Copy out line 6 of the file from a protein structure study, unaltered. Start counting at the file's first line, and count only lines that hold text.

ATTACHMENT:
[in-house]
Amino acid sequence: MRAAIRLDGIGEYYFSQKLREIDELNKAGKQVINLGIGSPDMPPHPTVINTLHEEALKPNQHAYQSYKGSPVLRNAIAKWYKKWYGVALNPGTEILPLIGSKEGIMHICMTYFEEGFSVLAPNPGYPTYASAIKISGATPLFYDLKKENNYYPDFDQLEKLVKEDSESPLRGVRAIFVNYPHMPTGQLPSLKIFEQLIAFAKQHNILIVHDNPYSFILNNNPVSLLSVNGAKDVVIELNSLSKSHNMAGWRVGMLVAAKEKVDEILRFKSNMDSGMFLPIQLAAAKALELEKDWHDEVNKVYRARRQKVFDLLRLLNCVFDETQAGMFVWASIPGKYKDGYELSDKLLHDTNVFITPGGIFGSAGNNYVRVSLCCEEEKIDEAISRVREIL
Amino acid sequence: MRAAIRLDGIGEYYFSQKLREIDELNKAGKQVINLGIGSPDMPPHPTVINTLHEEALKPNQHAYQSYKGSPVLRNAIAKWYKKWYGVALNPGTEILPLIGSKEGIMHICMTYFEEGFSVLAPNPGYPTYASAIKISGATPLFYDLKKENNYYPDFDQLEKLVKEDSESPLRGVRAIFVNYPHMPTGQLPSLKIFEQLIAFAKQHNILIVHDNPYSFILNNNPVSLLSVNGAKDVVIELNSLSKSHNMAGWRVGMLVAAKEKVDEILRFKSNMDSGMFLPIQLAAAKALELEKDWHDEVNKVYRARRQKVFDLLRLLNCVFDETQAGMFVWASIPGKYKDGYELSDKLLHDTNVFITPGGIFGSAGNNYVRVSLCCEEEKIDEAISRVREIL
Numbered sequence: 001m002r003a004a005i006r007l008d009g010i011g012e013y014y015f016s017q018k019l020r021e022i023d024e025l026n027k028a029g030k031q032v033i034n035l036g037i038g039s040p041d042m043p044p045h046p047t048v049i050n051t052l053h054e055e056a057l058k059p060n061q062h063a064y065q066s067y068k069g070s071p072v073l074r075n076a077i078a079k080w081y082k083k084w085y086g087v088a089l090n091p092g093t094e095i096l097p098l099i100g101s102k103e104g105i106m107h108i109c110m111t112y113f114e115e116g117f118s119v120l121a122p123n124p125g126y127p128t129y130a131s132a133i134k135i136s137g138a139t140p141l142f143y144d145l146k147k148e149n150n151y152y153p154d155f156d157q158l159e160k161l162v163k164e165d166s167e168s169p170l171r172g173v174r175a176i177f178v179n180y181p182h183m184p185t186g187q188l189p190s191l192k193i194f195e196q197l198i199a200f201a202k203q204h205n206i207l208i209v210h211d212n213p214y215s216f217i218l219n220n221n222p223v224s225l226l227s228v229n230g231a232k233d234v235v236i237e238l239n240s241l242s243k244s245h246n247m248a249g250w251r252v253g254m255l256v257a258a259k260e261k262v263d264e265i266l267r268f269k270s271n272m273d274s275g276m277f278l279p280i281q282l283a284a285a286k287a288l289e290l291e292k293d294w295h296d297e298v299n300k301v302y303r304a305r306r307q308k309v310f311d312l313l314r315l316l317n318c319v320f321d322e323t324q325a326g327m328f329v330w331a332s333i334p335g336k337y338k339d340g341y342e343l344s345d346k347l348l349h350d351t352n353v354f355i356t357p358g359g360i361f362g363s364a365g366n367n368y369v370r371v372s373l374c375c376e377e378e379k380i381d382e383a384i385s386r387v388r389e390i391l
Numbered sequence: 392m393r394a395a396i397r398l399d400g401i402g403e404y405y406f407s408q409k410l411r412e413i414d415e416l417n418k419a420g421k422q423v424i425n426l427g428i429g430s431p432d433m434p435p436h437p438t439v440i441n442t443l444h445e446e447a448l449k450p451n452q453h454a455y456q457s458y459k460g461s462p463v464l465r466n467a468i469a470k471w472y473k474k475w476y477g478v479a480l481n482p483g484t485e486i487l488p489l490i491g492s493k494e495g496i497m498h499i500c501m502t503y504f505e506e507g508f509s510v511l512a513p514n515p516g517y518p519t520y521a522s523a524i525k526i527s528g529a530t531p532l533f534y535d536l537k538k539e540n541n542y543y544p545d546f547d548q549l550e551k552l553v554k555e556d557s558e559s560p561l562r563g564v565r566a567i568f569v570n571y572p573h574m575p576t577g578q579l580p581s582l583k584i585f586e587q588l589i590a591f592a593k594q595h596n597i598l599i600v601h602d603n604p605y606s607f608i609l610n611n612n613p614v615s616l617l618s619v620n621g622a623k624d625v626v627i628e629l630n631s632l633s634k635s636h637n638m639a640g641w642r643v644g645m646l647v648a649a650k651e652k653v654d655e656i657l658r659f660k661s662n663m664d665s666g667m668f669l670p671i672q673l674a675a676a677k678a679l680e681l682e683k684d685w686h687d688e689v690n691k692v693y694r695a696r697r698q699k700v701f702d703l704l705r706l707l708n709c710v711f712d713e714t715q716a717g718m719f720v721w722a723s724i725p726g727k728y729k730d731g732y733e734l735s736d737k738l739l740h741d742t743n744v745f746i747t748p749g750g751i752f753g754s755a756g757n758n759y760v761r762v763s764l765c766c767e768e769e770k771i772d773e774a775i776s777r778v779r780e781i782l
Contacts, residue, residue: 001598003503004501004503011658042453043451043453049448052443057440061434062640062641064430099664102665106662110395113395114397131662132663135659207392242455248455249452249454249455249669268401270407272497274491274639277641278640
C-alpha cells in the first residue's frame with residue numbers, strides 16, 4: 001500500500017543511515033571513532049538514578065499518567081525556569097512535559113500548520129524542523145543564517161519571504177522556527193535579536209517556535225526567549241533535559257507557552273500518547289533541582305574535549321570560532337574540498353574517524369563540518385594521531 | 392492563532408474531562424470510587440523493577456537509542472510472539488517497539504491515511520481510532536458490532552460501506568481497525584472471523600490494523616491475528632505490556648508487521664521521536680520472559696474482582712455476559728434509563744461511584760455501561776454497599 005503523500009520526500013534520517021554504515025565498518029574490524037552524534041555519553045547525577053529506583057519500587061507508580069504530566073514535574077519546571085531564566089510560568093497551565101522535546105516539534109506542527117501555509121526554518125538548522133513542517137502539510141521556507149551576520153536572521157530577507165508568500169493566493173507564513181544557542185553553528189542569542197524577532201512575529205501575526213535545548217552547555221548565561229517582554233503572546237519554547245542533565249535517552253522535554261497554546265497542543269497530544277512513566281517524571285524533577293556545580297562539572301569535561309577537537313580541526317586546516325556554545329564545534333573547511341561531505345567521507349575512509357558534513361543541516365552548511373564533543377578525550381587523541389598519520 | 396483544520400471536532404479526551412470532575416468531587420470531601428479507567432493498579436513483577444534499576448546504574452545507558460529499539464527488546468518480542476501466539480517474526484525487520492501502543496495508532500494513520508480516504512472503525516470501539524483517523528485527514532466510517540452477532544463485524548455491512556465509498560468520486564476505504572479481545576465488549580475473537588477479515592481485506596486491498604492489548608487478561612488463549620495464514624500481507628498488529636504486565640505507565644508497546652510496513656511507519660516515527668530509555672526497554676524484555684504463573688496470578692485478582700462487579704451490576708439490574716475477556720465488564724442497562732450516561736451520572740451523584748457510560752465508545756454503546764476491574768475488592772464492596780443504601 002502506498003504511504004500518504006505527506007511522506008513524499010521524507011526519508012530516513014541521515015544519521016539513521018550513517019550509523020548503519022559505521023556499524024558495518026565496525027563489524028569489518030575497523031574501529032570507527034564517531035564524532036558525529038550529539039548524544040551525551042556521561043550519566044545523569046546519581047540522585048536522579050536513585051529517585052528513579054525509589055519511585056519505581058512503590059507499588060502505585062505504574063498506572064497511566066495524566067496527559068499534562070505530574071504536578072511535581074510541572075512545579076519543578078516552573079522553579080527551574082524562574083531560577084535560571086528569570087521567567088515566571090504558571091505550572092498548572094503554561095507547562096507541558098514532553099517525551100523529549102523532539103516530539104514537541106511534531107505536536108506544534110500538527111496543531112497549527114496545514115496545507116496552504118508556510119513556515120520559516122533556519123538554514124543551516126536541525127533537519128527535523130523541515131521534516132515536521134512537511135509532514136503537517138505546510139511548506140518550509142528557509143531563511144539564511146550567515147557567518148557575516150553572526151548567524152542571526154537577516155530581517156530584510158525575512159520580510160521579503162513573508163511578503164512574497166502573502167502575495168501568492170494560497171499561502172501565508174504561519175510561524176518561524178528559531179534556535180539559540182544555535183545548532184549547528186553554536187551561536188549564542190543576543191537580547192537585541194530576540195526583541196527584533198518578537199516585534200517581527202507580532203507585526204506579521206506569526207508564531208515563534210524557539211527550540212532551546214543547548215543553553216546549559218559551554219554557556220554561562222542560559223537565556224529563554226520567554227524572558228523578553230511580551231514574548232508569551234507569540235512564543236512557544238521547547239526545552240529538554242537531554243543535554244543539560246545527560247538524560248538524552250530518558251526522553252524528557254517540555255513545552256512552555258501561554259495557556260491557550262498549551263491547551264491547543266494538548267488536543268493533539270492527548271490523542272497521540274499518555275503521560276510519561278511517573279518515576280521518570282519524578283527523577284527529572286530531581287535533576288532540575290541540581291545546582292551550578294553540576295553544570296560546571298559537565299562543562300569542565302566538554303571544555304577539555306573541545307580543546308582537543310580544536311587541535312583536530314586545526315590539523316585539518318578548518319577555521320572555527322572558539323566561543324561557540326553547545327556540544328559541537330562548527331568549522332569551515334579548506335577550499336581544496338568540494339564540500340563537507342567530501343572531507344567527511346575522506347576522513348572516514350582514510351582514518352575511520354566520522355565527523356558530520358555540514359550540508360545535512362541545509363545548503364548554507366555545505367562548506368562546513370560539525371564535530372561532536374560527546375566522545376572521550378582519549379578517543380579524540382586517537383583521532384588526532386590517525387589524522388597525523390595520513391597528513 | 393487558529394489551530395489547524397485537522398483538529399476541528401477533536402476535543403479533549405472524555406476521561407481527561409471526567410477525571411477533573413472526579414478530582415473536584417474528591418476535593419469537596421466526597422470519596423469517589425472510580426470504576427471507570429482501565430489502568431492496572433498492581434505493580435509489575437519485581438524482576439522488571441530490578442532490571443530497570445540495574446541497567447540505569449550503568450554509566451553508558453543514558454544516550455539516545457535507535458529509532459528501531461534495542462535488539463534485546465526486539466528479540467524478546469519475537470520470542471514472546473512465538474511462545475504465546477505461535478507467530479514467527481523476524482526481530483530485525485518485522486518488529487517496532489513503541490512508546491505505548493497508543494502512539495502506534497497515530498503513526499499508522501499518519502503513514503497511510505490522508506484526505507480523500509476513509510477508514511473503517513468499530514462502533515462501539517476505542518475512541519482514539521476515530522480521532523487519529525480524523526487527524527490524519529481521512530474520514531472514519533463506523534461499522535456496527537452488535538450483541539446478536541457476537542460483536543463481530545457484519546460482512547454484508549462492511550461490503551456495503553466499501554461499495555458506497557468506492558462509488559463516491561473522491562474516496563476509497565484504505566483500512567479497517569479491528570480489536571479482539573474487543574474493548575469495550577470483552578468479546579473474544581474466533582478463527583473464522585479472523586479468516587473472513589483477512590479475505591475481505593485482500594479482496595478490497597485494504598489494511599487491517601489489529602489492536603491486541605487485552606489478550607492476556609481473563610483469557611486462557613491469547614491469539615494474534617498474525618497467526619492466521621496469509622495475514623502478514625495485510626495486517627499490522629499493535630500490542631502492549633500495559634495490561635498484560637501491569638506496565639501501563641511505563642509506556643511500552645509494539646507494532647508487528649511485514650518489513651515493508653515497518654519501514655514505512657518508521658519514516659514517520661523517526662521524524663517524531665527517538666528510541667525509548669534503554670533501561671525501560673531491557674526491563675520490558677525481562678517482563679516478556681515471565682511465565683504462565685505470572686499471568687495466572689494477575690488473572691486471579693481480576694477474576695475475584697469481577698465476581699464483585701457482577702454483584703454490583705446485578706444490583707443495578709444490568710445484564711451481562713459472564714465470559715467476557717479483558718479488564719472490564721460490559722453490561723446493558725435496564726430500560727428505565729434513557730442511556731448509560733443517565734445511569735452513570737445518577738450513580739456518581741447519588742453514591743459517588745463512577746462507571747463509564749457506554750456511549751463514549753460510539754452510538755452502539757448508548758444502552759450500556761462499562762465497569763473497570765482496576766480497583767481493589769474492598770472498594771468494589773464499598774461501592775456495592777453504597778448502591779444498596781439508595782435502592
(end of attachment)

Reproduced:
Contacts, residue, residue: 001598003503004501004503011658042453043451043453049448052443057440061434062640062641064430099664102665106662110395113395114397131662132663135659207392242455248455249452249454249455249669268401270407272497274491274639277641278640